Monday, January 1, 2024

New Peer-Reviewed Research: Study Used to Vilify the Unvaxxed was Flawed, Author Linked to Pfizer; How COVID Brought About The Fall Of The McDonald's Salad, and other C-Virus related stories

New peer-reviewed research: Study used to vilify the unvaxxed was flawed, author linked to Pfizer:
A study which was widely used to vilify unvaccinated individuals was not only flawed but its author had ties to Covid injection manufacturer Pfizer, according to new peer-reviewed research.
“During the COVID-19 pandemic, politicians, scientists and media organizations vilified unvaccinated people, blaming them for prolonging the pandemic and advocating policies that barred ‘the unvaccinated’ from public venues, businesses and their own workplaces,” Brenda Baletti noted in a Dec. 22 analysis for The Defender.
Dr. David Fisman, a University of Toronto epidemiologist was the lead author of the April 2022 study in question. It was published in the Canadian Medical Association Journal (CMAJ) and claimed that unvaccinated people posed a disproportionate risk to vaccinated people.
Fisman told the media that the key message of the study was that the choice to get vaccinated is not merely personal because if you choose to be unvaccinated you are “creating risk for those around you.”
Compliant legacy media outlets ran with it.
Headlines like Salon’s, “Merely hanging out with unvaccinated puts the vaccinated at higher risk: study,” Forbes’ “Study Shows Unvaccinated People Are At Increased Risk Of Infecting The Vaccinated” or Medscape’s “My Choice? Unvaccinated Pose Outsize Risk to Vaccinated” proliferated in more than 100 outlets.
The Canadian Parliament used the study to impose restrictions on unvaccinated people.
But a new peer-reviewed study published in Cureus shows that the study by Fisman et al “was based on the application of flawed mathematical risk models that offer no scientific backing for such policies,” Baletti wrote. --->READ MORE HERE
How COVID Brought About The Fall Of The McDonald's Salad:
First introduced in 1987, salads were a lighter alternative to the standard fast food fare served at McDonald's. While the types of salads and even containers changed over the years – McSalad Shakers were a short-lived thing – salads remained a staple on menus. They offered a menu option for those wanting more veggies. However, all of that changed in 2020 when the COVID-19 pandemic hit. While the pandemic did cause restaurants to temporarily close, including some McDonald's locations, it was the effects on the supply chain in 2021 that spelled doom for salads at McDonald's.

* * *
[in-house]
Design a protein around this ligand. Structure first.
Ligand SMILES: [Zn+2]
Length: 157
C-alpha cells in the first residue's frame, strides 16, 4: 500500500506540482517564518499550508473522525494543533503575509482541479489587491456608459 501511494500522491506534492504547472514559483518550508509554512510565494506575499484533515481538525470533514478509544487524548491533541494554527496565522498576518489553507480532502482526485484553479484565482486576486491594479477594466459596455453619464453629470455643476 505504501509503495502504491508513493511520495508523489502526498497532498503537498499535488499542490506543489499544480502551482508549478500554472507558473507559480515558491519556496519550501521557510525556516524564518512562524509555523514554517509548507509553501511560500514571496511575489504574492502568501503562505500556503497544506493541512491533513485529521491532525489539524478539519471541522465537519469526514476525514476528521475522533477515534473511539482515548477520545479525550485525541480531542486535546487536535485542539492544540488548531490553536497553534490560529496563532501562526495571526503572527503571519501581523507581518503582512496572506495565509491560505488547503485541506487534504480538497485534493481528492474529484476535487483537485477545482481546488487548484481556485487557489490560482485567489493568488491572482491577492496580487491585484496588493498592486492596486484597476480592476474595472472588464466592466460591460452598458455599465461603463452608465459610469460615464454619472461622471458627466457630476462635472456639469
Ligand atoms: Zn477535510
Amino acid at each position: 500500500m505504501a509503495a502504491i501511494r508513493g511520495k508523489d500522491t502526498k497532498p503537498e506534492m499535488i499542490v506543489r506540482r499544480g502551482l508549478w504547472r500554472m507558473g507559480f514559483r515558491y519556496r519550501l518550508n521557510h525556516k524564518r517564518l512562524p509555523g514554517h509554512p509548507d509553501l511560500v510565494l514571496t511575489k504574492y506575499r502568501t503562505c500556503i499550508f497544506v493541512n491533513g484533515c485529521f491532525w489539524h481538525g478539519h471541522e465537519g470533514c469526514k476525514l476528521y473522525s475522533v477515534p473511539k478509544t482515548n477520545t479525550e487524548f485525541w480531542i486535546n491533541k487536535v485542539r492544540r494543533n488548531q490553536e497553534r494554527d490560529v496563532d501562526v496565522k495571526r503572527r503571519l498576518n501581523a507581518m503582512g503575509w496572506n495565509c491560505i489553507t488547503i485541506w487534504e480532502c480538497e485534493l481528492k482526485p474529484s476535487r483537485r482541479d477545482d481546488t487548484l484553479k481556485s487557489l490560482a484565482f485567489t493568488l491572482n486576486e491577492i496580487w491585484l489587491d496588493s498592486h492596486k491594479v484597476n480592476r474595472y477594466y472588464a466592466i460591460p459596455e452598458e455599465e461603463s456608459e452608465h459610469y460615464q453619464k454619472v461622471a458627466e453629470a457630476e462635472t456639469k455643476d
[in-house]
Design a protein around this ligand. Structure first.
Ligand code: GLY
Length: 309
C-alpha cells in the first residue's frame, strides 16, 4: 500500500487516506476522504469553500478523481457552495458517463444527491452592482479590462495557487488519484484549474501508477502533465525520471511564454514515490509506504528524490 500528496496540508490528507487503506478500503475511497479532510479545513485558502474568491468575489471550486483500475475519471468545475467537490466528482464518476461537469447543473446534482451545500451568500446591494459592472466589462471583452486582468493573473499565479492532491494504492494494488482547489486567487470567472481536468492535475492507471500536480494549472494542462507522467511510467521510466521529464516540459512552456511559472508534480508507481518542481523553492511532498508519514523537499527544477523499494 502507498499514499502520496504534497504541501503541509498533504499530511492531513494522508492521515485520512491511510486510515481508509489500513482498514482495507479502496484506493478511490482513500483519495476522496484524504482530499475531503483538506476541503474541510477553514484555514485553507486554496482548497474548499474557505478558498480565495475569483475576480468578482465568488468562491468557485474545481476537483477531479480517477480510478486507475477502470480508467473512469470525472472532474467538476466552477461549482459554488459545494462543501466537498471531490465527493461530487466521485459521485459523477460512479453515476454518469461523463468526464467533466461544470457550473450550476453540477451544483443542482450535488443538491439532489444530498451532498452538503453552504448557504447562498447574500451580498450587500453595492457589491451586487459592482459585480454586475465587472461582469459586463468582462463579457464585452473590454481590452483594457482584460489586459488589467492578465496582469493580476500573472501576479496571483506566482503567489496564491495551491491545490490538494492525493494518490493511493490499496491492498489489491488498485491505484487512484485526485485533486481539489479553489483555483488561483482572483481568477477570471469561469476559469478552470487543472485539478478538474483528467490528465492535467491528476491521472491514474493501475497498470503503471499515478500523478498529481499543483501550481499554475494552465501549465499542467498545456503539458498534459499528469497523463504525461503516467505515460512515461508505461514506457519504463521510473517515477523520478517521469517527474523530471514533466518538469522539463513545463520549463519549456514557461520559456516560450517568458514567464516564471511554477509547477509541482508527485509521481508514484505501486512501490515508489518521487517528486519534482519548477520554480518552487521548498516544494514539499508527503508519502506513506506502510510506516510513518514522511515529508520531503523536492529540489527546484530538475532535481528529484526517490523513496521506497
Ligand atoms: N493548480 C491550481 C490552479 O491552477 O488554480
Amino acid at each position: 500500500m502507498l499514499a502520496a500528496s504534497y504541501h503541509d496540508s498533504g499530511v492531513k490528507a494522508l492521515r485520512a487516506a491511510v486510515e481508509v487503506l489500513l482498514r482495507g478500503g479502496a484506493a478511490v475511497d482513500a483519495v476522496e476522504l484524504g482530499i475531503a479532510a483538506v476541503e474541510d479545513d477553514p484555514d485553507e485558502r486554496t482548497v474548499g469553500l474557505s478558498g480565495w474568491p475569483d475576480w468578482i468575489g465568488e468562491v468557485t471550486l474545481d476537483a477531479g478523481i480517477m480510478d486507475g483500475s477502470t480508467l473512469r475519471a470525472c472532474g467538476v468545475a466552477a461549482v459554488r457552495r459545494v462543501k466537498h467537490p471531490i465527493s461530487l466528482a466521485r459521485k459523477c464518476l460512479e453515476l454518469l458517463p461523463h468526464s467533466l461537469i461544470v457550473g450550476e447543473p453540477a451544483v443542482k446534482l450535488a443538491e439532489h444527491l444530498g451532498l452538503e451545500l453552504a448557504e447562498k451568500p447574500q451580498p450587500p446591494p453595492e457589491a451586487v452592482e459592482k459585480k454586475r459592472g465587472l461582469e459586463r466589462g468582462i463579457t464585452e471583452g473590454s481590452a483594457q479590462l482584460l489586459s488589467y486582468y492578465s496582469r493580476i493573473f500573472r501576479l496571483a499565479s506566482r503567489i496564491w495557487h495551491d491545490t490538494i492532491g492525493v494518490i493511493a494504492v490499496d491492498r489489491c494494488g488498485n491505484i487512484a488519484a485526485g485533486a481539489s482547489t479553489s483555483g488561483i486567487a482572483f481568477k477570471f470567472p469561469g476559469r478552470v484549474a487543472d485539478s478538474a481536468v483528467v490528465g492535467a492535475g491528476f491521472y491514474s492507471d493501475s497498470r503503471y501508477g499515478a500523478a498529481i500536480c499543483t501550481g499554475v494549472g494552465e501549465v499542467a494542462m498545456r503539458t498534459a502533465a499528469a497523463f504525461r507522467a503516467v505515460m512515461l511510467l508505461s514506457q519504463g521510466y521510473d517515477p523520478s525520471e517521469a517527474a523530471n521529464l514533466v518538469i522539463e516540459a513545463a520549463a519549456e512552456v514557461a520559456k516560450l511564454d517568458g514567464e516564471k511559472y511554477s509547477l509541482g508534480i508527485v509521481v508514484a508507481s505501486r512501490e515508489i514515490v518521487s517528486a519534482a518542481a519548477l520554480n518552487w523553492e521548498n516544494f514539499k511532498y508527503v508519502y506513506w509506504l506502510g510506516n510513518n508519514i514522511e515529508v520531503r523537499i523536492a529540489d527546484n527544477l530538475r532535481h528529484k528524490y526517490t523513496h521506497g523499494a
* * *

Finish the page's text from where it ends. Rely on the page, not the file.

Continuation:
The pandemic caused shortages in inventory and higher prices across multiple industries, including the restaurant industry. As such, McDonald's had to take stock of its menu and shave it down in a few areas due to rising costs and high demand. The chain's all-day breakfast was one causality, but so was the chain's salads. The lettuce used in McDonald's salads was different from the lettuce used in the chain's burgers. By getting rid of the salads, McDonald's was able to both deal with supply shortages and save money in the process. The pandemic also caused the company to consider other factors as well.
McDonald's opens up about its salad
The COVID-19 pandemic caused McDonald's to reevaluate its menu. Besides just a cost factor, the company realized it could streamline its drive-thru operations by getting rid of its salads. Salads proved to be an additional hassle that took longer to make than the chain's sandwiches. With indoor dining closed and most customers going to the drive-thru during this time, McDonald's settled on a pared-down menu. --->READ MORE HERE
Follow links below to relevant/related stories and resources:

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USA TODAY: Coronavirus Updates

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NEW YORK POST: Coronavirus The Latest

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